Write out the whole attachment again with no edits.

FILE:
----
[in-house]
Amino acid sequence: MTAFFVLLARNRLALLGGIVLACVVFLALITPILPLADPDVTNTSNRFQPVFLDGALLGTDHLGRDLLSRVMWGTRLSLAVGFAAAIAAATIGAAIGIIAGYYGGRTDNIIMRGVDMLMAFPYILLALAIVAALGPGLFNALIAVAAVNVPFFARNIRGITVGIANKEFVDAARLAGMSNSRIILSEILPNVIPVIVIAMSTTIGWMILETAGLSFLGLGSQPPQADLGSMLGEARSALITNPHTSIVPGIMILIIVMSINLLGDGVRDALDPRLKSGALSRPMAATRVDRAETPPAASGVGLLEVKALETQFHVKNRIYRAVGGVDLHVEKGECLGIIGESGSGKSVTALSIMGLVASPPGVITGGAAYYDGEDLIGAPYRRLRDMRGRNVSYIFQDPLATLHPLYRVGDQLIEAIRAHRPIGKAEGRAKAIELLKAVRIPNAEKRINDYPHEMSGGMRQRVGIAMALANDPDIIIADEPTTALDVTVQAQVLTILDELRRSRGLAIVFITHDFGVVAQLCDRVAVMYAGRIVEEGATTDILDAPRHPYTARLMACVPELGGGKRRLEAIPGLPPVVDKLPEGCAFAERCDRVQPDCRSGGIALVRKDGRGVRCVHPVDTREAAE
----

[in-house]
Amino acid sequence: MTAFFVLLARNRLALLGGIVLACVVFLALITPILPLADPDVTNTSNRFQPVFLDGALLGTDHLGRDLLSRVMWGTRLSLAVGFAAAIAAATIGAAIGIIAGYYGGRTDNIIMRGVDMLMAFPYILLALAIVAALGPGLFNALIAVAAVNVPFFARNIRGITVGIANKEFVDAARLAGMSNSRIILSEILPNVIPVIVIAMSTTIGWMILETAGLSFLGLGSQPPQADLGSMLGEARSALITNPHTSIVPGIMILIIVMSINLLGDGVRDALDPRLKSGALSRPMAATRVDRAETPPAASGVGLLEVKALETQFHVKNRIYRAVGGVDLHVEKGECLGIIGESGSGKSVTALSIMGLVASPPGVITGGAAYYDGEDLIGAPYRRLRDMRGRNVSYIFQDPLATLHPLYRVGDQLIEAIRAHRPIGKAEGRAKAIELLKAVRIPNAEKRINDYPHEMSGGMRQRVGIAMALANDPDIIIADEPTTALDVTVQAQVLTILDELRRSRGLAIVFITHDFGVVAQLCDRVAVMYAGRIVEEGATTDILDAPRHPYTARLMACVPELGGGKRRLEAIPGLPPVVDKLPEGCAFAERCDRVQPDCRSGGIALVRKDGRGVRCVHPVDTREAAE